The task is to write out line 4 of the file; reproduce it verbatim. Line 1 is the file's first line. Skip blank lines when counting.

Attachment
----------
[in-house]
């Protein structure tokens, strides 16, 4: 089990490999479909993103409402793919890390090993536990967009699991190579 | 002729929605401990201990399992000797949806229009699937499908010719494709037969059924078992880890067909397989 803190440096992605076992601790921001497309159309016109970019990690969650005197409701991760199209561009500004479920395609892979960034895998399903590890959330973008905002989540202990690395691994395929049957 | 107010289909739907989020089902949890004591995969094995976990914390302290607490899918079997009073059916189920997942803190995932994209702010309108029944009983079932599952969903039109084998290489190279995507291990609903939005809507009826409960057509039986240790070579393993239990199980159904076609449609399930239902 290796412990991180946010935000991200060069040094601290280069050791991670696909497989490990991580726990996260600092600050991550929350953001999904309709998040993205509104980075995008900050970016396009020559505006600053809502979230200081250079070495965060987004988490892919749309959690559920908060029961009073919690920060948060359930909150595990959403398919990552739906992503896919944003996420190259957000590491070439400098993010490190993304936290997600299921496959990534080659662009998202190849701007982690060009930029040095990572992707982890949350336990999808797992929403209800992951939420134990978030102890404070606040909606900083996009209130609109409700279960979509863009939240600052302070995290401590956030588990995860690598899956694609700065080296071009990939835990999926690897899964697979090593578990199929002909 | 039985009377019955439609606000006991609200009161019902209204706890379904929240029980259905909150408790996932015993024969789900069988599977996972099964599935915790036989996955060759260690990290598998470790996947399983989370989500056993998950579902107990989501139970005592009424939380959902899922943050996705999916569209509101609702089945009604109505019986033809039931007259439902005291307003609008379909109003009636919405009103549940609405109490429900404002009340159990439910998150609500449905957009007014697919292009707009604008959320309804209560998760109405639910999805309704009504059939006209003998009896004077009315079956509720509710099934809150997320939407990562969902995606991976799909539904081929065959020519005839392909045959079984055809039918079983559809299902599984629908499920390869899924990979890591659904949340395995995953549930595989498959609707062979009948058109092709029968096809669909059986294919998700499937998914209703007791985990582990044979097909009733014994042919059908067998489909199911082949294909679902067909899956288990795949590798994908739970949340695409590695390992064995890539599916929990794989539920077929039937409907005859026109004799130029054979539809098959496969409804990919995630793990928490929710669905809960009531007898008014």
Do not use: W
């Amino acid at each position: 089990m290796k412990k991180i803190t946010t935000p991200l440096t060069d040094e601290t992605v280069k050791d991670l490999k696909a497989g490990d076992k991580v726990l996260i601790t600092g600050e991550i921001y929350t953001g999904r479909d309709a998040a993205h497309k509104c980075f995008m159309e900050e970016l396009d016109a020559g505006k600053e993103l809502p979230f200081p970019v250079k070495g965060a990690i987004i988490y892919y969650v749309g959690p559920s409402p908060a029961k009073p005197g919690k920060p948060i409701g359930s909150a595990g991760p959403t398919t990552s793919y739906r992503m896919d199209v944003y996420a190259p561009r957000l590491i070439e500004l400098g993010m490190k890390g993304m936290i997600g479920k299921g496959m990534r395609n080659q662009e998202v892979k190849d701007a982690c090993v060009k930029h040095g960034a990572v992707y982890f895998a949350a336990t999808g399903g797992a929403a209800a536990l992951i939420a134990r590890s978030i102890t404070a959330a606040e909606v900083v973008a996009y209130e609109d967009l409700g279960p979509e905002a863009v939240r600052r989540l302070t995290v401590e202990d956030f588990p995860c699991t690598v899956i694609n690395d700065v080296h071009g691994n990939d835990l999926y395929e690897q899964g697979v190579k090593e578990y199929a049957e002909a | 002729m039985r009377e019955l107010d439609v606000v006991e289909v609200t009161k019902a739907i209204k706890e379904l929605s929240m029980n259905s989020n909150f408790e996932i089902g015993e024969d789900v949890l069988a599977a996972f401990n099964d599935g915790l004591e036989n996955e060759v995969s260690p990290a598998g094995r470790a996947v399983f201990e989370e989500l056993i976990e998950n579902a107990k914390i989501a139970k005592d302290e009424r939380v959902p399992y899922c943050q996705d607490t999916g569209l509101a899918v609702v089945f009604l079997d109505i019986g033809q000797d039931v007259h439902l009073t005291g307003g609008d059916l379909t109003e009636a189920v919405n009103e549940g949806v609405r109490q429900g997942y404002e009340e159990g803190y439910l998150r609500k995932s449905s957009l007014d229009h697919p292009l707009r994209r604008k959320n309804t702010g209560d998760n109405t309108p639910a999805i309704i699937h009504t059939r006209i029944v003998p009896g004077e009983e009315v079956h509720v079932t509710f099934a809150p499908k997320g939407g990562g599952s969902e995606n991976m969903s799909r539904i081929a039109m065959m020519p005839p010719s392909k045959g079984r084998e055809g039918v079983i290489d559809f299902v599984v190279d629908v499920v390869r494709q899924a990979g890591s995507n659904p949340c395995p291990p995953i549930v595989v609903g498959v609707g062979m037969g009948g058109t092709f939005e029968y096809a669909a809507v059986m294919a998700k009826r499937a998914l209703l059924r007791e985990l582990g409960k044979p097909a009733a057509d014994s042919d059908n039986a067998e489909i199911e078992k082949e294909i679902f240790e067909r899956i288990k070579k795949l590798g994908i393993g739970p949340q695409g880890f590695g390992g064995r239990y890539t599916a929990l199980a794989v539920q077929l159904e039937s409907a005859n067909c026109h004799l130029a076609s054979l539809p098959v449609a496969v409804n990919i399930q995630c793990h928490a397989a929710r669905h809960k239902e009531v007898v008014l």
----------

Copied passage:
């Amino acid at each position: 089990m290796k412990k991180i803190t946010t935000p991200l440096t060069d040094e601290t992605v280069k050791d991670l490999k696909a497989g490990d076992k991580v726990l996260i601790t600092g600050e991550i921001y929350t953001g999904r479909d309709a998040a993205h497309k509104c980075f995008m159309e900050e970016l396009d016109a020559g505006k600053e993103l809502p979230f200081p970019v250079k070495g965060a990690i987004i988490y892919y969650v749309g959690p559920s409402p908060a029961k009073p005197g919690k920060p948060i409701g359930s909150a595990g991760p959403t398919t990552s793919y739906r992503m896919d199209v944003y996420a190259p561009r957000l590491i070439e500004l400098g993010m490190k890390g993304m936290i997600g479920k299921g496959m990534r395609n080659q662009e998202v892979k190849d701007a982690c090993v060009k930029h040095g960034a990572v992707y982890f895998a949350a336990t999808g399903g797992a929403a209800a536990l992951i939420a134990r590890s978030i102890t404070a959330a606040e909606v900083v973008a996009y209130e609109d967009l409700g279960p979509e905002a863009v939240r600052r989540l302070t995290v401590e202990d956030f588990p995860c699991t690598v899956i694609n690395d700065v080296h071009g691994n990939d835990l999926y395929e690897q899964g697979v190579k090593e578990y199929a049957e002909a | 002729m039985r009377e019955l107010d439609v606000v006991e289909v609200t009161k019902a739907i209204k706890e379904l929605s929240m029980n259905s989020n909150f408790e996932i089902g015993e024969d789900v949890l069988a599977a996972f401990n099964d599935g915790l004591e036989n996955e060759v995969s260690p990290a598998g094995r470790a996947v399983f201990e989370e989500l056993i976990e998950n579902a107990k914390i989501a139970k005592d302290e009424r939380v959902p399992y899922c943050q996705d607490t999916g569209l509101a899918v609702v089945f009604l079997d109505i019986g033809q000797d039931v007259h439902l009073t005291g307003g609008d059916l379909t109003e009636a189920v919405n009103e549940g949806v609405r109490q429900g997942y404002e009340e159990g803190y439910l998150r609500k995932s449905s957009l007014d229009h697919p292009l707009r994209r604008k959320n309804t702010g209560d998760n109405t309108p639910a999805i309704i699937h009504t059939r006209i029944v003998p009896g004077e009983e009315v079956h509720v079932t509710f099934a809150p499908k997320g939407g990562g599952s969902e995606n991976m969903s799909r539904i081929a039109m065959m020519p005839p010719s392909k045959g079984r084998e055809g039918v079983i290489d559809f299902v599984v190279d629908v499920v390869r494709q899924a990979g890591s995507n659904p949340c395995p291990p995953i549930v595989v609903g498959v609707g062979m037969g009948g058109t092709f939005e029968y096809a669909a809507v059986m294919a998700k009826r499937a998914l209703l059924r007791e985990l582990g409960k044979p097909a009733a057509d014994s042919d059908n039986a067998e489909i199911e078992k082949e294909i679902f240790e067909r899956i288990k070579k795949l590798g994908i393993g739970p949340q695409g880890f590695g390992g064995r239990y890539t599916a929990l199980a794989v539920q077929l159904e039937s409907a005859n067909c026109h004799l130029a076609s054979l539809p098959v449609a496969v409804n990919i399930q995630c793990h928490a397989a929710r669905h809960k239902e009531v007898v008014l």